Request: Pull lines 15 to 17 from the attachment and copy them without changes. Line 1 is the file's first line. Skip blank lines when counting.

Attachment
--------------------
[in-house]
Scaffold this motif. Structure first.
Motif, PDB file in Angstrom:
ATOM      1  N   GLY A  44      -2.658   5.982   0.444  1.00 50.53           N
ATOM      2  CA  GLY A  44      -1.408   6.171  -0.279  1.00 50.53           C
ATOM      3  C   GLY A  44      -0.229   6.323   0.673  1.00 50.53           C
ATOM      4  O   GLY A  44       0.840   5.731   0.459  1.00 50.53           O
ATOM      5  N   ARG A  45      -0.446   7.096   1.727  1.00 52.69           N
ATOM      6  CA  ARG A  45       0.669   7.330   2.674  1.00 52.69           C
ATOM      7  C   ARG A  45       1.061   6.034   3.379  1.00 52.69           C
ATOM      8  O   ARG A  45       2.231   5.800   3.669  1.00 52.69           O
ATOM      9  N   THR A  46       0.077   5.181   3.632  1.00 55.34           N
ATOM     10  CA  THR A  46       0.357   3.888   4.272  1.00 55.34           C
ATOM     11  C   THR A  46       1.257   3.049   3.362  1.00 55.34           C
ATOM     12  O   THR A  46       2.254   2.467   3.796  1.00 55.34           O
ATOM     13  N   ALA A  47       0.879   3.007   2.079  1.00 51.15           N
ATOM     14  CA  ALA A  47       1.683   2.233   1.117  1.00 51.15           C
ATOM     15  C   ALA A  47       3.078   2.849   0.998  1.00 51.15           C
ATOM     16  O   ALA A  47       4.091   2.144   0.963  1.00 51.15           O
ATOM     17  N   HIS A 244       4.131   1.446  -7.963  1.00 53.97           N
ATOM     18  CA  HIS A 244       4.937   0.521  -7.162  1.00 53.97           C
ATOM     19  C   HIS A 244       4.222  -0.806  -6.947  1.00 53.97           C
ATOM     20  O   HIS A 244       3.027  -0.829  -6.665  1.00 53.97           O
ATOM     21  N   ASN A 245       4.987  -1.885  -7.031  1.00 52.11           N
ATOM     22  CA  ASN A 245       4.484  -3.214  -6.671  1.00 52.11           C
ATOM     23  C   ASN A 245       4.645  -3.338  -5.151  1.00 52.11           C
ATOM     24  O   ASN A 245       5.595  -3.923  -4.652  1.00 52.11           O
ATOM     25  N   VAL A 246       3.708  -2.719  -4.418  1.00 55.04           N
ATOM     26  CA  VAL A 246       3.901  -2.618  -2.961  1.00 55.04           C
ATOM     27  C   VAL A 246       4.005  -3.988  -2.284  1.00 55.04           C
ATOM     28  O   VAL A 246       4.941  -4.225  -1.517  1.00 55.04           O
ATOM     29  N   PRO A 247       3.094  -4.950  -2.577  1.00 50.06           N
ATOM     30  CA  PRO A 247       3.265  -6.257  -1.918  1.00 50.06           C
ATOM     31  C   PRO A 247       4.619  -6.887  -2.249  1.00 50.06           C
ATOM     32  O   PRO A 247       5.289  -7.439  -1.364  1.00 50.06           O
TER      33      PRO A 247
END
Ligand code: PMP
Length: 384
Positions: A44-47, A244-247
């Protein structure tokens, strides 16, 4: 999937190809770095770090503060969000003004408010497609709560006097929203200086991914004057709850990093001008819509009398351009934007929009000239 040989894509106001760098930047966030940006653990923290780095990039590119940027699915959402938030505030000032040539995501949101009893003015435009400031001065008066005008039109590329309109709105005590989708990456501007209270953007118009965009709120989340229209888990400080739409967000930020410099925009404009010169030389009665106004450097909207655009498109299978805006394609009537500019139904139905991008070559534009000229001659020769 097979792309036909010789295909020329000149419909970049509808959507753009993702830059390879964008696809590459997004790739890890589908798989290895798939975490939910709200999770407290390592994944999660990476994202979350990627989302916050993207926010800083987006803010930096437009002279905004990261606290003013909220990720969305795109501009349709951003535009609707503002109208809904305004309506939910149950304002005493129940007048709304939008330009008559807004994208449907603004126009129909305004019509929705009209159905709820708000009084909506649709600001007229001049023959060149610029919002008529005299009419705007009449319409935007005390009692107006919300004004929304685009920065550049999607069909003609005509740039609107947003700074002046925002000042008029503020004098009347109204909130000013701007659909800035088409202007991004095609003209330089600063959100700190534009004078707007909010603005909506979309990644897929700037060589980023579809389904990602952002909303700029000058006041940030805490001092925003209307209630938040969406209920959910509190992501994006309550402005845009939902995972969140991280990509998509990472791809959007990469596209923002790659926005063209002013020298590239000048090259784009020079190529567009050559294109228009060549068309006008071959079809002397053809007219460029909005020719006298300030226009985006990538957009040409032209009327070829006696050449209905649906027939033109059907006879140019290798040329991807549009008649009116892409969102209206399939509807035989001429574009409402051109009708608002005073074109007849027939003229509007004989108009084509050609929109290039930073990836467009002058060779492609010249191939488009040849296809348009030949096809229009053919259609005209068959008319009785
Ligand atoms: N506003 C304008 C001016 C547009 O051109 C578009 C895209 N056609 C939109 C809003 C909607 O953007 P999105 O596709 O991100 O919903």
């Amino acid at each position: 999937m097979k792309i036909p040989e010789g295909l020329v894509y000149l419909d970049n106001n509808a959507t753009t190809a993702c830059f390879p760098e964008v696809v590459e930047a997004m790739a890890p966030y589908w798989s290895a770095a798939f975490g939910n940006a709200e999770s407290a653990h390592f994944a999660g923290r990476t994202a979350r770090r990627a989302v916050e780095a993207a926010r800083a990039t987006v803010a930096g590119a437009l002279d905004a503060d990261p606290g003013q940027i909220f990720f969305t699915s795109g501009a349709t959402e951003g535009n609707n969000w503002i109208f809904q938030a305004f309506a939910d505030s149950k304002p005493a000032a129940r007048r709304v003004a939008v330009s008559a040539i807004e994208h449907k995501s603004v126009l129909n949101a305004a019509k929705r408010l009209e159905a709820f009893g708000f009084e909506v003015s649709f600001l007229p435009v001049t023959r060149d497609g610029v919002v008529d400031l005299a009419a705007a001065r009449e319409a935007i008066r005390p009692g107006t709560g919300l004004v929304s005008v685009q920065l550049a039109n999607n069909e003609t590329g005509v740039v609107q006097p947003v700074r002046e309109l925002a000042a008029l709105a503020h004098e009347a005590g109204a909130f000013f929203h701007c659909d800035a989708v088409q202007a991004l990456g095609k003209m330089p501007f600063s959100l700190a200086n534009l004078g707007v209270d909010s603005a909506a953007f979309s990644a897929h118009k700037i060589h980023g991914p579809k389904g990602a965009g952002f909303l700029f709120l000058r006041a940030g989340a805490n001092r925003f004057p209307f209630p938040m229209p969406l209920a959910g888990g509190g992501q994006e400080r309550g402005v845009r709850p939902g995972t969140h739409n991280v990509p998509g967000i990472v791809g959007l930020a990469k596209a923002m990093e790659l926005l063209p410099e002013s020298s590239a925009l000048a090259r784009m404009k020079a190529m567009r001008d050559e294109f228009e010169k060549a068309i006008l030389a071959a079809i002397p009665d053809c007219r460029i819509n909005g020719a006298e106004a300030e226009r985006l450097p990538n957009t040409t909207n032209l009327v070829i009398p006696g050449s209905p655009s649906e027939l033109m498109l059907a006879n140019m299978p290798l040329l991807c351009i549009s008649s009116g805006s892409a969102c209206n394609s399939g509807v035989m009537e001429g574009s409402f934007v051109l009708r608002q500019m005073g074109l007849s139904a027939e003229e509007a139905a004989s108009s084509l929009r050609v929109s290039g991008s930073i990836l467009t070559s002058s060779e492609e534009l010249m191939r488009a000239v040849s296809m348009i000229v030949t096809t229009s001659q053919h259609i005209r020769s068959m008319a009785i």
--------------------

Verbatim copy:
ATOM     12  O   THR A  46       2.254   2.467   3.796  1.00 55.34           O
ATOM     13  N   ALA A  47       0.879   3.007   2.079  1.00 51.15           N
ATOM     14  CA  ALA A  47       1.683   2.233   1.117  1.00 51.15           C